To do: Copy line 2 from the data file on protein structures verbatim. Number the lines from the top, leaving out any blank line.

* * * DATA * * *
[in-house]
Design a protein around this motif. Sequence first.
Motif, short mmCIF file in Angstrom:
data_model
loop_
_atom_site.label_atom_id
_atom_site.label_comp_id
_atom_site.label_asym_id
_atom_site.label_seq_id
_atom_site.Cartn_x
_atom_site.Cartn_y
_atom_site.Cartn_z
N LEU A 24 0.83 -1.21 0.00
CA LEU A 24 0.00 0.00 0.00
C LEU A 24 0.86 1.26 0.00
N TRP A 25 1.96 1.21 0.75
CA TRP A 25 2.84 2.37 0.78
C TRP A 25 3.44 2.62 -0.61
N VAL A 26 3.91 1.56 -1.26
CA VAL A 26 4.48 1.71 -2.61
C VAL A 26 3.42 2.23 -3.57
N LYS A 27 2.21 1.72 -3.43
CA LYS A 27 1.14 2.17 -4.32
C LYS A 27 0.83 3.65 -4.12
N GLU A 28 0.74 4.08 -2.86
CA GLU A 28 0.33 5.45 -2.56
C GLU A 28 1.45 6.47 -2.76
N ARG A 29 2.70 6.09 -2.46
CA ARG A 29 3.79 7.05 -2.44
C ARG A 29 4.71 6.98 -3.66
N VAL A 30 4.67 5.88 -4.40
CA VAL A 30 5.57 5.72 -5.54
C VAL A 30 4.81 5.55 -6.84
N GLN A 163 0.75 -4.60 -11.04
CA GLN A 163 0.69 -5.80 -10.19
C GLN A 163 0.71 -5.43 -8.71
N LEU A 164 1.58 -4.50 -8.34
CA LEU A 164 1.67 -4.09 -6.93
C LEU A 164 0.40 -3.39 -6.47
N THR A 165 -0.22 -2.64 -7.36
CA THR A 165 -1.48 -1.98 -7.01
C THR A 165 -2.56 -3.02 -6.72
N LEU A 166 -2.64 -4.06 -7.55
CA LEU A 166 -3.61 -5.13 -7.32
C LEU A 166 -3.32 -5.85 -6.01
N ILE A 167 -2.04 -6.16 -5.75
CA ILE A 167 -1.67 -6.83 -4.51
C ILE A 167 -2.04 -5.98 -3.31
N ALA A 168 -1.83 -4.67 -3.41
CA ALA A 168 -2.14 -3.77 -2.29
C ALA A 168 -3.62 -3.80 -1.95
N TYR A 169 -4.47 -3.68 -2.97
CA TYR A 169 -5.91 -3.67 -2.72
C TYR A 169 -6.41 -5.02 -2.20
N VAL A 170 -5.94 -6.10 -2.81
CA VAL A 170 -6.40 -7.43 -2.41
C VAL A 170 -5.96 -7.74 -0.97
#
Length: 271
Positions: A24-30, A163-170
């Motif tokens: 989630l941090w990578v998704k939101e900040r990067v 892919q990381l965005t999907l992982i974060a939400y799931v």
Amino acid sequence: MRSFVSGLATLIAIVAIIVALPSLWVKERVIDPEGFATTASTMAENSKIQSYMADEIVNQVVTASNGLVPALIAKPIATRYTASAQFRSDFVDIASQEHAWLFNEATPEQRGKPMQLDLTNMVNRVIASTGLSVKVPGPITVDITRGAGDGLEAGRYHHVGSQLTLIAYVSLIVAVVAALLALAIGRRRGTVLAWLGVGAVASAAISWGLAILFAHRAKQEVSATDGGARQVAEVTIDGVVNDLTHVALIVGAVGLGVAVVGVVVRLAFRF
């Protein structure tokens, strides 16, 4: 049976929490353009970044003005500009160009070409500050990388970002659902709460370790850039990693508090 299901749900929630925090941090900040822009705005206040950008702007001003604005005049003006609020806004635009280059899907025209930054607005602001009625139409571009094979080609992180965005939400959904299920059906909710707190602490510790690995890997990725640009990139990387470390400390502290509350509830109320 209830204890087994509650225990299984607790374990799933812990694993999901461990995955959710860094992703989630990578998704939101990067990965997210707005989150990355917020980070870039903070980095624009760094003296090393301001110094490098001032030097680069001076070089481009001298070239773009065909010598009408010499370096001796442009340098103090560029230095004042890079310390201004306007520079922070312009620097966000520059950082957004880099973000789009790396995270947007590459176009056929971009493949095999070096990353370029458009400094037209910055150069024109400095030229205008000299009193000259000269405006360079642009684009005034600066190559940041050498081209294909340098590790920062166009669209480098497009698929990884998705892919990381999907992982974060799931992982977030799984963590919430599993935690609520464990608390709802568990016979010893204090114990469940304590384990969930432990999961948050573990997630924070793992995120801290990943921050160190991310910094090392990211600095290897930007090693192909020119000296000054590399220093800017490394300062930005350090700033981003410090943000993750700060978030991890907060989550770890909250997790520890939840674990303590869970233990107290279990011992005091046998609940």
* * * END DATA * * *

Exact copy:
Design a protein around this motif. Sequence first.